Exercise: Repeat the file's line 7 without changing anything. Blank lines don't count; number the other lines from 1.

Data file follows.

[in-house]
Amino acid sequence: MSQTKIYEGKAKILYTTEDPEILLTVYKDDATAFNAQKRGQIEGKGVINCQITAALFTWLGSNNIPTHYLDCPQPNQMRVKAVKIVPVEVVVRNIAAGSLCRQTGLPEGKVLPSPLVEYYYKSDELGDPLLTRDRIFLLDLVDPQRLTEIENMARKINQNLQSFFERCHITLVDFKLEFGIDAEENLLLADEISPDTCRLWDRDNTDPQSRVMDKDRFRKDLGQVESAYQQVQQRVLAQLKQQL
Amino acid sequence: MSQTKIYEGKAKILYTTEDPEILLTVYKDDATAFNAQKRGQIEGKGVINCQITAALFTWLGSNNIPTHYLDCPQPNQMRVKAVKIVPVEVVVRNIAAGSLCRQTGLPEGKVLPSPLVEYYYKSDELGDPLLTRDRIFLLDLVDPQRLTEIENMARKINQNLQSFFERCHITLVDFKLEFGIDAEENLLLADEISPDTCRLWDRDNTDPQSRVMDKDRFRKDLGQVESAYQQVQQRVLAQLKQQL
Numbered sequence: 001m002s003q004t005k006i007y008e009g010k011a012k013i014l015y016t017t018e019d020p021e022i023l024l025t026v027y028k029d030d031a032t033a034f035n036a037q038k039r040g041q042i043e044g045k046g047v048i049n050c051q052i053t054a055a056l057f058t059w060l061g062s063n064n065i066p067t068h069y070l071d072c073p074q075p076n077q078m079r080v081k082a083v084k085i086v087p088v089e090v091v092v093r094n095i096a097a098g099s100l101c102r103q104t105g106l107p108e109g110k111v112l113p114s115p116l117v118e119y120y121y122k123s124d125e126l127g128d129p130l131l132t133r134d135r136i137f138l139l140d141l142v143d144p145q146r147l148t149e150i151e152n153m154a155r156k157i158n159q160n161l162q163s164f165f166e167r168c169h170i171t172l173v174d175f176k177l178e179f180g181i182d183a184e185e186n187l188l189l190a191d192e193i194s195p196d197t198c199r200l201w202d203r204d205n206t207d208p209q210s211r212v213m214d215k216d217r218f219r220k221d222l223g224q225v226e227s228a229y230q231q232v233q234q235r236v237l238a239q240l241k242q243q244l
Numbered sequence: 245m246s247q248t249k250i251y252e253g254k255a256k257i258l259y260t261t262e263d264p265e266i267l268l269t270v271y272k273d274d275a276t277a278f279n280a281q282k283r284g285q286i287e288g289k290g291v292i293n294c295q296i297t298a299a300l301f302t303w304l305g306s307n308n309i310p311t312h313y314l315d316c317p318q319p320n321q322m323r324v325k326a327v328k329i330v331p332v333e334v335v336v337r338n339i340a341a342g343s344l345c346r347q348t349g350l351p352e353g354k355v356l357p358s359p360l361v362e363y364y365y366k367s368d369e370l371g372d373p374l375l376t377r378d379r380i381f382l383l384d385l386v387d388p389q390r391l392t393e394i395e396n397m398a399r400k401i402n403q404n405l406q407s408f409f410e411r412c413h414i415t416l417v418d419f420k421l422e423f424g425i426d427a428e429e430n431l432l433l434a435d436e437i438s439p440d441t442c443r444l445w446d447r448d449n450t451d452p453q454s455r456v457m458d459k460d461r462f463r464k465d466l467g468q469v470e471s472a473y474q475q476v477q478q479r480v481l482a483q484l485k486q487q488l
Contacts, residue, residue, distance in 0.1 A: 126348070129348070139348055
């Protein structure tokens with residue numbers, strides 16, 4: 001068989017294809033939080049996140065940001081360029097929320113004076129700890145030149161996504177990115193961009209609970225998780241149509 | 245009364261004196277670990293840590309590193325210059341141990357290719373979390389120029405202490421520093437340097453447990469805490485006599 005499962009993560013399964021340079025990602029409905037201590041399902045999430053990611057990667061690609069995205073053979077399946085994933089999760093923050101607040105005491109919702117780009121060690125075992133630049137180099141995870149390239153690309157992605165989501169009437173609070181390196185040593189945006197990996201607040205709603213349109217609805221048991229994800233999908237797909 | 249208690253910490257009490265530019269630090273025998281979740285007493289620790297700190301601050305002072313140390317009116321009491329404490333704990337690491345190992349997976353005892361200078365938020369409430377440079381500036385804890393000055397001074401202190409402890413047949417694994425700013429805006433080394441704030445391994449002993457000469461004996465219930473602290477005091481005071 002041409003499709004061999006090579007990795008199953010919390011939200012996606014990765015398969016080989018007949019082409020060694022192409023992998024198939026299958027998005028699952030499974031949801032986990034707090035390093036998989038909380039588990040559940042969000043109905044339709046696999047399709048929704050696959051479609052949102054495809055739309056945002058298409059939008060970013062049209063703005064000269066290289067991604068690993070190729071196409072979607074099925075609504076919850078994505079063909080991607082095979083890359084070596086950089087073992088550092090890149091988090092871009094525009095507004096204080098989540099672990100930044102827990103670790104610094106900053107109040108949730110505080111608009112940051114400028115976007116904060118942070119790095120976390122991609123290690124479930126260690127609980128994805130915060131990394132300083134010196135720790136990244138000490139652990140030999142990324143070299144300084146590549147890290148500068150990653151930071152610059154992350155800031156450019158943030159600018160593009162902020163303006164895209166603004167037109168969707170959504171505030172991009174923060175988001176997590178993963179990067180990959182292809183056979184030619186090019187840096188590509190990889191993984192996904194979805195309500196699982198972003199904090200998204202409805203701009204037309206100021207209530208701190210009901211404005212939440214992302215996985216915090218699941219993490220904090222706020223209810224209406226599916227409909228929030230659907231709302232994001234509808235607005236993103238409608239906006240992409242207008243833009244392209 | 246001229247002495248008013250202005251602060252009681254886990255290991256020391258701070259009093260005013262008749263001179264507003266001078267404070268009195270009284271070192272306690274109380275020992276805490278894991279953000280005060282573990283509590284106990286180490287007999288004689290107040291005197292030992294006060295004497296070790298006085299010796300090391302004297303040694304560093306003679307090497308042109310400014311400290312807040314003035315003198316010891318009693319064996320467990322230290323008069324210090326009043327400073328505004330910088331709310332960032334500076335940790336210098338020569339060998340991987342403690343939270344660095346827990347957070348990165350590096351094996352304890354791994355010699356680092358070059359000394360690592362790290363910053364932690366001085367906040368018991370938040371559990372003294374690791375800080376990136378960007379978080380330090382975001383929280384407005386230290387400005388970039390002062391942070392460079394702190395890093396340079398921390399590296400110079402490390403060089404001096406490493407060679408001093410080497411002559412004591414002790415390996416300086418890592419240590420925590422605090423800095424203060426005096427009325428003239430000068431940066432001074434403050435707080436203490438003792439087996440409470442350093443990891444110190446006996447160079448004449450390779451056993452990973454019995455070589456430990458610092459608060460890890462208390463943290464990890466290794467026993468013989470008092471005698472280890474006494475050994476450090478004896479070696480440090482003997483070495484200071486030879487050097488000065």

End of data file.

């Protein structure tokens with residue numbers, strides 16, 4: 001068989017294809033939080049996140065940001081360029097929320113004076129700890145030149161996504177990115193961009209609970225998780241149509 | 245009364261004196277670990293840590309590193325210059341141990357290719373979390389120029405202490421520093437340097453447990469805490485006599 005499962009993560013399964021340079025990602029409905037201590041399902045999430053990611057990667061690609069995205073053979077399946085994933089999760093923050101607040105005491109919702117780009121060690125075992133630049137180099141995870149390239153690309157992605165989501169009437173609070181390196185040593189945006197990996201607040205709603213349109217609805221048991229994800233999908237797909 | 249208690253910490257009490265530019269630090273025998281979740285007493289620790297700190301601050305002072313140390317009116321009491329404490333704990337690491345190992349997976353005892361200078365938020369409430377440079381500036385804890393000055397001074401202190409402890413047949417694994425700013429805006433080394441704030445391994449002993457000469461004996465219930473602290477005091481005071 002041409003499709004061999006090579007990795008199953010919390011939200012996606014990765015398969016080989018007949019082409020060694022192409023992998024198939026299958027998005028699952030499974031949801032986990034707090035390093036998989038909380039588990040559940042969000043109905044339709046696999047399709048929704050696959051479609052949102054495809055739309056945002058298409059939008060970013062049209063703005064000269066290289067991604068690993070190729071196409072979607074099925075609504076919850078994505079063909080991607082095979083890359084070596086950089087073992088550092090890149091988090092871009094525009095507004096204080098989540099672990100930044102827990103670790104610094106900053107109040108949730110505080111608009112940051114400028115976007116904060118942070119790095120976390122991609123290690124479930126260690127609980128994805130915060131990394132300083134010196135720790136990244138000490139652990140030999142990324143070299144300084146590549147890290148500068150990653151930071152610059154992350155800031156450019158943030159600018160593009162902020163303006164895209166603004167037109168969707170959504171505030172991009174923060175988001176997590178993963179990067180990959182292809183056979184030619186090019187840096188590509190990889191993984192996904194979805195309500196699982198972003199904090200998204202409805203701009204037309206100021207209530208701190210009901211404005212939440214992302215996985216915090218699941219993490220904090222706020223209810224209406226599916227409909228929030230659907231709302232994001234509808235607005236993103238409608239906006240992409242207008243833009244392209 | 246001229247002495248008013250202005251602060252009681254886990255290991256020391258701070259009093260005013262008749263001179264507003266001078267404070268009195270009284271070192272306690274109380275020992276805490278894991279953000280005060282573990283509590284106990286180490287007999288004689290107040291005197292030992294006060295004497296070790298006085299010796300090391302004297303040694304560093306003679307090497308042109310400014311400290312807040314003035315003198316010891318009693319064996320467990322230290323008069324210090326009043327400073328505004330910088331709310332960032334500076335940790336210098338020569339060998340991987342403690343939270344660095346827990347957070348990165350590096351094996352304890354791994355010699356680092358070059359000394360690592362790290363910053364932690366001085367906040368018991370938040371559990372003294374690791375800080376990136378960007379978080380330090382975001383929280384407005386230290387400005388970039390002062391942070392460079394702190395890093396340079398921390399590296400110079402490390403060089404001096406490493407060679408001093410080497411002559412004591414002790415390996416300086418890592419240590420925590422605090423800095424203060426005096427009325428003239430000068431940066432001074434403050435707080436203490438003792439087996440409470442350093443990891444110190446006996447160079448004449450390779451056993452990973454019995455070589456430990458610092459608060460890890462208390463943290464990890466290794467026993468013989470008092471005698472280890474006494475050994476450090478004896479070696480440090482003997483070495484200071486030879487050097488000065």